Glass triple-bodied bottle

Said to be from Heraklion, Crete
Perhaps made in a glasshouse in Syria or modern Israel, about AD 100-200

Made by a skilful glassmaker

It is comparatively easy to make a bottle with a double body, the sections being formed by drawing a wooden tool up and down to form the partitions. This triple-bodied flask must have been made in the same way, but the glassmaker would have required great skill to achieve three partitions.

A number of double-bodied flasks come from the Rhineland, but one in The British Museum comes from Mt. Carmel in modern Israel. This triple-bodied piece, however, is said to come from Crete. This suggests that a glasshouse in the east also produced these types.

The double-bodied pieces are rather smaller than this triple-bodied example and could have served as oil bottles. This one may have had a similar purpose, though for rather greater quantities.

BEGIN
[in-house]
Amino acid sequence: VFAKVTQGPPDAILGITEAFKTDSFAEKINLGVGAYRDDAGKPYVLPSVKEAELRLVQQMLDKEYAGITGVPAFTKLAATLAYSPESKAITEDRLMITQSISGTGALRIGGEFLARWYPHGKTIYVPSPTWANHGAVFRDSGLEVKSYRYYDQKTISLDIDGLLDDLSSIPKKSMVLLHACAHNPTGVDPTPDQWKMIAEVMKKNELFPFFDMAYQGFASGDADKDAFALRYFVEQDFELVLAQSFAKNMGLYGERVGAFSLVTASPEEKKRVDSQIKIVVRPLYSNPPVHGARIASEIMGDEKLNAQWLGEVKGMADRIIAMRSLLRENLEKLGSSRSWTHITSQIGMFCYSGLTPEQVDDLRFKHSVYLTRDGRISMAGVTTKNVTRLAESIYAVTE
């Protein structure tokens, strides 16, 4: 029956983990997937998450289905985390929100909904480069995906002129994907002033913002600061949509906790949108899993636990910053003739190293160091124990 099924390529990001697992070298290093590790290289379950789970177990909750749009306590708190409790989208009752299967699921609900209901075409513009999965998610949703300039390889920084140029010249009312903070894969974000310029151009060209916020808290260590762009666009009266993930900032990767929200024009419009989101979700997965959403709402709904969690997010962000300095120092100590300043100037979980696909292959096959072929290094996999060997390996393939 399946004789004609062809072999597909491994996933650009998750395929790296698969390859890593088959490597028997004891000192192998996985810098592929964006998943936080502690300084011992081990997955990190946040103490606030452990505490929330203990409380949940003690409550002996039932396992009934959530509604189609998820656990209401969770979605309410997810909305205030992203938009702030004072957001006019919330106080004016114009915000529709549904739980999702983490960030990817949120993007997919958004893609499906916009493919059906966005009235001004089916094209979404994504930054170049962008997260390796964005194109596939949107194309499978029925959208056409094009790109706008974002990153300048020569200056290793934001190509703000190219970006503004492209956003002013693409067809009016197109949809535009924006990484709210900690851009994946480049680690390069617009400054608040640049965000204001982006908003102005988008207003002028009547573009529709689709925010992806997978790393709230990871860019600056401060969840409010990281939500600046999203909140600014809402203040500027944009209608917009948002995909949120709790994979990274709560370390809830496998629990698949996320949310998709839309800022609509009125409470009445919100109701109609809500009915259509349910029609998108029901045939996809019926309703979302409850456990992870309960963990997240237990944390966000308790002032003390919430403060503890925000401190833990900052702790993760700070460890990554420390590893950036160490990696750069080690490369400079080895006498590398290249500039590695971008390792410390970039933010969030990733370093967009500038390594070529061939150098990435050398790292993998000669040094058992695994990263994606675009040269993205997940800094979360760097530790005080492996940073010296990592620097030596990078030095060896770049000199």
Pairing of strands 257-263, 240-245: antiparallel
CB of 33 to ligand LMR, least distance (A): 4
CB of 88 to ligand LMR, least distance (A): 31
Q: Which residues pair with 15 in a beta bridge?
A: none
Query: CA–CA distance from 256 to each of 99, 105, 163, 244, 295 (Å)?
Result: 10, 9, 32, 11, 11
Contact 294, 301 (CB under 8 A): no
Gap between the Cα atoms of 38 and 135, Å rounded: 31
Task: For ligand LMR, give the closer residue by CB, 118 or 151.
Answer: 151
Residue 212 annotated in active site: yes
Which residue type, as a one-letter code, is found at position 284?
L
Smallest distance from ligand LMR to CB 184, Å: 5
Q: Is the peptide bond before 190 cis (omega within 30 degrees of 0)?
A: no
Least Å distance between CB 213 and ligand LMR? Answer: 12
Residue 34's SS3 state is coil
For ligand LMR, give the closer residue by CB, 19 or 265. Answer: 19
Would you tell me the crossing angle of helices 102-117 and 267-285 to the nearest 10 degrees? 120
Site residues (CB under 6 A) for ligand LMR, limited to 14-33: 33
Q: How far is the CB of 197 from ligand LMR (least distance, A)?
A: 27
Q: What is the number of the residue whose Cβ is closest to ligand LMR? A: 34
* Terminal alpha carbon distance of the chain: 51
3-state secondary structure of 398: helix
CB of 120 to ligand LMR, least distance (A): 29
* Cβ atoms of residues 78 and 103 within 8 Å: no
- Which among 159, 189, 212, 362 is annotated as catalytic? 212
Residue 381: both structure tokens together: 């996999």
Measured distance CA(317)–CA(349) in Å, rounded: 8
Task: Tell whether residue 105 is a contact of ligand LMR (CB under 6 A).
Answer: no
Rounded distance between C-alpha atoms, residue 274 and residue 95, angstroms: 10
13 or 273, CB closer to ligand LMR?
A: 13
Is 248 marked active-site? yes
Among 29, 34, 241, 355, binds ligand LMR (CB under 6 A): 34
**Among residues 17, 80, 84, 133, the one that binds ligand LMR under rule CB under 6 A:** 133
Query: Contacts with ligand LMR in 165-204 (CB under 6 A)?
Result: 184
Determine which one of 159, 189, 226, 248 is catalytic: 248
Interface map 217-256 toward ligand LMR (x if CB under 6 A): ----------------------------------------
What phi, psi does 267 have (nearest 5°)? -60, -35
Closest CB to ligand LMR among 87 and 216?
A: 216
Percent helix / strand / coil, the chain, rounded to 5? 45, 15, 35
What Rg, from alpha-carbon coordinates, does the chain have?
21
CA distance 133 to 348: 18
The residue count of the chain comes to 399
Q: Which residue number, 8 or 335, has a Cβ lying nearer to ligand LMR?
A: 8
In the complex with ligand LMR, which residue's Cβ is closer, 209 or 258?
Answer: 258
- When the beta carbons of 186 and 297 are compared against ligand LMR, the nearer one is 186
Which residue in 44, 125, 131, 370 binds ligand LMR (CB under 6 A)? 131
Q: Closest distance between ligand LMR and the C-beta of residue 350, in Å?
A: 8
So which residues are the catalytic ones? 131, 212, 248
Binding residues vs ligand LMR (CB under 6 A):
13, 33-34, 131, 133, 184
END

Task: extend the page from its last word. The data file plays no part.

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More information

Bibliography

H. Tait (ed.), Five thousand years of glass-1, 2nd paperback edition (London, The British Museum Press, 1999)

D.B. Harden and others, The British Museum: masterpiec (London, 1968)

Dimensions

Height: 22.000 cm
Diameter: 16.000 cm (body)
Diameter: 16.000 cm (body)

Museum number

GR 1881.4-6.1

GAA4496

Location

Find in the collection online



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